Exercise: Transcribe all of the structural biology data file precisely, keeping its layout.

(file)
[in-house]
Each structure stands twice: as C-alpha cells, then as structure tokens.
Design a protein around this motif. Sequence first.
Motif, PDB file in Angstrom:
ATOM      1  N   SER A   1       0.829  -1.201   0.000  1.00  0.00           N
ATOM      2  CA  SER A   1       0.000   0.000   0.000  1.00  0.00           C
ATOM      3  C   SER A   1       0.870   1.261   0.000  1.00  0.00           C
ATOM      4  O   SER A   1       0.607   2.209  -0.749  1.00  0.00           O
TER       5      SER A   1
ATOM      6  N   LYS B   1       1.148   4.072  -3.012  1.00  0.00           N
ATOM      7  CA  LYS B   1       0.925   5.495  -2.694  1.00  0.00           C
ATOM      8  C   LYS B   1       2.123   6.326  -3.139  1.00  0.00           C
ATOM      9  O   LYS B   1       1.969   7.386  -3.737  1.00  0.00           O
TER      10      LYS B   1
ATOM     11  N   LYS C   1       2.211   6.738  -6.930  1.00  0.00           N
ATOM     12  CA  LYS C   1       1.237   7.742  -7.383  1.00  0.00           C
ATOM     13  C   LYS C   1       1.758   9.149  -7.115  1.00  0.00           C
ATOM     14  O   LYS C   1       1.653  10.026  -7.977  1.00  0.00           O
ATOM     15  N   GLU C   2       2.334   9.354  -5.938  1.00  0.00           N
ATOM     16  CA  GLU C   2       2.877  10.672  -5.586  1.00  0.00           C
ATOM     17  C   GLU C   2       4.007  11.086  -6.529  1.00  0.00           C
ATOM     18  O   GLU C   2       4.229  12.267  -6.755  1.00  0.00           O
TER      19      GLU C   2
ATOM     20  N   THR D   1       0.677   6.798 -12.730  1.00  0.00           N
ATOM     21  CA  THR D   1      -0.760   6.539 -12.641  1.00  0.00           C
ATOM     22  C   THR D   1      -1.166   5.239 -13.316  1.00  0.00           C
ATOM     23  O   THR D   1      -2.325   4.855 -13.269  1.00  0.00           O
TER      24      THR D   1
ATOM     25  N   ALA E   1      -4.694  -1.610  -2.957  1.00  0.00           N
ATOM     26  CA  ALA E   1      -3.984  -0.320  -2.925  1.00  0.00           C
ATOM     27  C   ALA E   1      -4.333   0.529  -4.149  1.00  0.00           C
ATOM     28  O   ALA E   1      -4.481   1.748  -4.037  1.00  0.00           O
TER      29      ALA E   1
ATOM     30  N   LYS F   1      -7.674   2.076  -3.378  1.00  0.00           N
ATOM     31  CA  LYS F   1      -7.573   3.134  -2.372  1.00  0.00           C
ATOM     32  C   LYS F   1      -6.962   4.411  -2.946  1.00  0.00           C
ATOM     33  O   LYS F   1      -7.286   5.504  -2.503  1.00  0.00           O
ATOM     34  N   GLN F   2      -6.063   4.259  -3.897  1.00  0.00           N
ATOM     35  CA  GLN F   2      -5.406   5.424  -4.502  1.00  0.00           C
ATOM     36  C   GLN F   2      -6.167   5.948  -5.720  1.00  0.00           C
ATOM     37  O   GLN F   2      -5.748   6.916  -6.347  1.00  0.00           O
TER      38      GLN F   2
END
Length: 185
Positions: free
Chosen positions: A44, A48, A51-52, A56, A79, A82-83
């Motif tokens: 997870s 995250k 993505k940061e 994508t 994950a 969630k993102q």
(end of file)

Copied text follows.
[in-house]
Each structure stands twice: as C-alpha cells, then as structure tokens.
Design a protein around this motif. Sequence first.
Motif, PDB file in Angstrom:
ATOM      1  N   SER A   1       0.829  -1.201   0.000  1.00  0.00           N
ATOM      2  CA  SER A   1       0.000   0.000   0.000  1.00  0.00           C
ATOM      3  C   SER A   1       0.870   1.261   0.000  1.00  0.00           C
ATOM      4  O   SER A   1       0.607   2.209  -0.749  1.00  0.00           O
TER       5      SER A   1
ATOM      6  N   LYS B   1       1.148   4.072  -3.012  1.00  0.00           N
ATOM      7  CA  LYS B   1       0.925   5.495  -2.694  1.00  0.00           C
ATOM      8  C   LYS B   1       2.123   6.326  -3.139  1.00  0.00           C
ATOM      9  O   LYS B   1       1.969   7.386  -3.737  1.00  0.00           O
TER      10      LYS B   1
ATOM     11  N   LYS C   1       2.211   6.738  -6.930  1.00  0.00           N
ATOM     12  CA  LYS C   1       1.237   7.742  -7.383  1.00  0.00           C
ATOM     13  C   LYS C   1       1.758   9.149  -7.115  1.00  0.00           C
ATOM     14  O   LYS C   1       1.653  10.026  -7.977  1.00  0.00           O
ATOM     15  N   GLU C   2       2.334   9.354  -5.938  1.00  0.00           N
ATOM     16  CA  GLU C   2       2.877  10.672  -5.586  1.00  0.00           C
ATOM     17  C   GLU C   2       4.007  11.086  -6.529  1.00  0.00           C
ATOM     18  O   GLU C   2       4.229  12.267  -6.755  1.00  0.00           O
TER      19      GLU C   2
ATOM     20  N   THR D   1       0.677   6.798 -12.730  1.00  0.00           N
ATOM     21  CA  THR D   1      -0.760   6.539 -12.641  1.00  0.00           C
ATOM     22  C   THR D   1      -1.166   5.239 -13.316  1.00  0.00           C
ATOM     23  O   THR D   1      -2.325   4.855 -13.269  1.00  0.00           O
TER      24      THR D   1
ATOM     25  N   ALA E   1      -4.694  -1.610  -2.957  1.00  0.00           N
ATOM     26  CA  ALA E   1      -3.984  -0.320  -2.925  1.00  0.00           C
ATOM     27  C   ALA E   1      -4.333   0.529  -4.149  1.00  0.00           C
ATOM     28  O   ALA E   1      -4.481   1.748  -4.037  1.00  0.00           O
TER      29      ALA E   1
ATOM     30  N   LYS F   1      -7.674   2.076  -3.378  1.00  0.00           N
ATOM     31  CA  LYS F   1      -7.573   3.134  -2.372  1.00  0.00           C
ATOM     32  C   LYS F   1      -6.962   4.411  -2.946  1.00  0.00           C
ATOM     33  O   LYS F   1      -7.286   5.504  -2.503  1.00  0.00           O
ATOM     34  N   GLN F   2      -6.063   4.259  -3.897  1.00  0.00           N
ATOM     35  CA  GLN F   2      -5.406   5.424  -4.502  1.00  0.00           C
ATOM     36  C   GLN F   2      -6.167   5.948  -5.720  1.00  0.00           C
ATOM     37  O   GLN F   2      -5.748   6.916  -6.347  1.00  0.00           O
TER      38      GLN F   2
END
Length: 185
Positions: free
Chosen positions: A44, A48, A51-52, A56, A79, A82-83
């Motif tokens: 997870s 995250k 993505k940061e 994508t 994950a 969630k993102q």